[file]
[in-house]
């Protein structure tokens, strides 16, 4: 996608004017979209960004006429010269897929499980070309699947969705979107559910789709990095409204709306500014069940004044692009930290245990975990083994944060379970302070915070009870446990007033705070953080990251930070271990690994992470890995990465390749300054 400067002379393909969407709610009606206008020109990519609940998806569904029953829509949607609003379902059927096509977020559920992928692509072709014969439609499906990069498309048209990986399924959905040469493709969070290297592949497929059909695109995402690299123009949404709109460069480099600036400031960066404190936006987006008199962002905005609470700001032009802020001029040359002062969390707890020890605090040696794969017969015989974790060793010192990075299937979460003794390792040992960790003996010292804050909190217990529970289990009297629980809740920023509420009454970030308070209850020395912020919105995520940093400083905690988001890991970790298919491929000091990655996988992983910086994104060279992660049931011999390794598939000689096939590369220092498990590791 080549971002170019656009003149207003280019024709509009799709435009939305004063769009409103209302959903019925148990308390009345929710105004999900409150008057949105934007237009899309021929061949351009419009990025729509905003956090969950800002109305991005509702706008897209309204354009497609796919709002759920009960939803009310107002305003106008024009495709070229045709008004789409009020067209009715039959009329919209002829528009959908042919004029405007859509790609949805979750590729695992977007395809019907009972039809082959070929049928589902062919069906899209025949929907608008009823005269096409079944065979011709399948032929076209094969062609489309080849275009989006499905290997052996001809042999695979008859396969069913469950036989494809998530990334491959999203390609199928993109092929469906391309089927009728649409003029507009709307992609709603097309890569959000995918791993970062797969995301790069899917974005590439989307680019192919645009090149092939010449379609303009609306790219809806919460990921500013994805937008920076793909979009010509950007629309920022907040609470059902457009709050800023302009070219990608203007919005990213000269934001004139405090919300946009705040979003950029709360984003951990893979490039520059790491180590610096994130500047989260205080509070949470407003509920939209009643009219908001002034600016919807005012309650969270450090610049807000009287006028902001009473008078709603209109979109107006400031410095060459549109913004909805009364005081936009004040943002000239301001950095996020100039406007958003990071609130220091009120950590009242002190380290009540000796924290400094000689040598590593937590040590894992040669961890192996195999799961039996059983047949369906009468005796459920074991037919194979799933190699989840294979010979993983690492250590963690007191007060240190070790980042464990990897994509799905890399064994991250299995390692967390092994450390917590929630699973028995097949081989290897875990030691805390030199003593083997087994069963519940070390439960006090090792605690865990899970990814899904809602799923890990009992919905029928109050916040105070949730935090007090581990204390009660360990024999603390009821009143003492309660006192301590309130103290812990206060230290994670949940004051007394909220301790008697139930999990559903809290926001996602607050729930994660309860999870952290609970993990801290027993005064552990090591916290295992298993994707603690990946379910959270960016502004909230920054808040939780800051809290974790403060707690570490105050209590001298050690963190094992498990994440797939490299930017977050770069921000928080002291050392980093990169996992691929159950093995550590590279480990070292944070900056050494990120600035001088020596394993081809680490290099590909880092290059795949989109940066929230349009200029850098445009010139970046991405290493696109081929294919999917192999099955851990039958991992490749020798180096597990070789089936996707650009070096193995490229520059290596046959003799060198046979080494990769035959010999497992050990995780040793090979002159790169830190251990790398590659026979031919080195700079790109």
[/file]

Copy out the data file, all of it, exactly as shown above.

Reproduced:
[in-house]
């Protein structure tokens, strides 16, 4: 996608004017979209960004006429010269897929499980070309699947969705979107559910789709990095409204709306500014069940004044692009930290245990975990083994944060379970302070915070009870446990007033705070953080990251930070271990690994992470890995990465390749300054 400067002379393909969407709610009606206008020109990519609940998806569904029953829509949607609003379902059927096509977020559920992928692509072709014969439609499906990069498309048209990986399924959905040469493709969070290297592949497929059909695109995402690299123009949404709109460069480099600036400031960066404190936006987006008199962002905005609470700001032009802020001029040359002062969390707890020890605090040696794969017969015989974790060793010192990075299937979460003794390792040992960790003996010292804050909190217990529970289990009297629980809740920023509420009454970030308070209850020395912020919105995520940093400083905690988001890991970790298919491929000091990655996988992983910086994104060279992660049931011999390794598939000689096939590369220092498990590791 080549971002170019656009003149207003280019024709509009799709435009939305004063769009409103209302959903019925148990308390009345929710105004999900409150008057949105934007237009899309021929061949351009419009990025729509905003956090969950800002109305991005509702706008897209309204354009497609796919709002759920009960939803009310107002305003106008024009495709070229045709008004789409009020067209009715039959009329919209002829528009959908042919004029405007859509790609949805979750590729695992977007395809019907009972039809082959070929049928589902062919069906899209025949929907608008009823005269096409079944065979011709399948032929076209094969062609489309080849275009989006499905290997052996001809042999695979008859396969069913469950036989494809998530990334491959999203390609199928993109092929469906391309089927009728649409003029507009709307992609709603097309890569959000995918791993970062797969995301790069899917974005590439989307680019192919645009090149092939010449379609303009609306790219809806919460990921500013994805937008920076793909979009010509950007629309920022907040609470059902457009709050800023302009070219990608203007919005990213000269934001004139405090919300946009705040979003950029709360984003951990893979490039520059790491180590610096994130500047989260205080509070949470407003509920939209009643009219908001002034600016919807005012309650969270450090610049807000009287006028902001009473008078709603209109979109107006400031410095060459549109913004909805009364005081936009004040943002000239301001950095996020100039406007958003990071609130220091009120950590009242002190380290009540000796924290400094000689040598590593937590040590894992040669961890192996195999799961039996059983047949369906009468005796459920074991037919194979799933190699989840294979010979993983690492250590963690007191007060240190070790980042464990990897994509799905890399064994991250299995390692967390092994450390917590929630699973028995097949081989290897875990030691805390030199003593083997087994069963519940070390439960006090090792605690865990899970990814899904809602799923890990009992919905029928109050916040105070949730935090007090581990204390009660360990024999603390009821009143003492309660006192301590309130103290812990206060230290994670949940004051007394909220301790008697139930999990559903809290926001996602607050729930994660309860999870952290609970993990801290027993005064552990090591916290295992298993994707603690990946379910959270960016502004909230920054808040939780800051809290974790403060707690570490105050209590001298050690963190094992498990994440797939490299930017977050770069921000928080002291050392980093990169996992691929159950093995550590590279480990070292944070900056050494990120600035001088020596394993081809680490290099590909880092290059795949989109940066929230349009200029850098445009010139970046991405290493696109081929294919999917192999099955851990039958991992490749020798180096597990070789089936996707650009070096193995490229520059290596046959003799060198046979080494990769035959010999497992050990995780040793090979002159790169830190251990790398590659026979031919080195700079790109």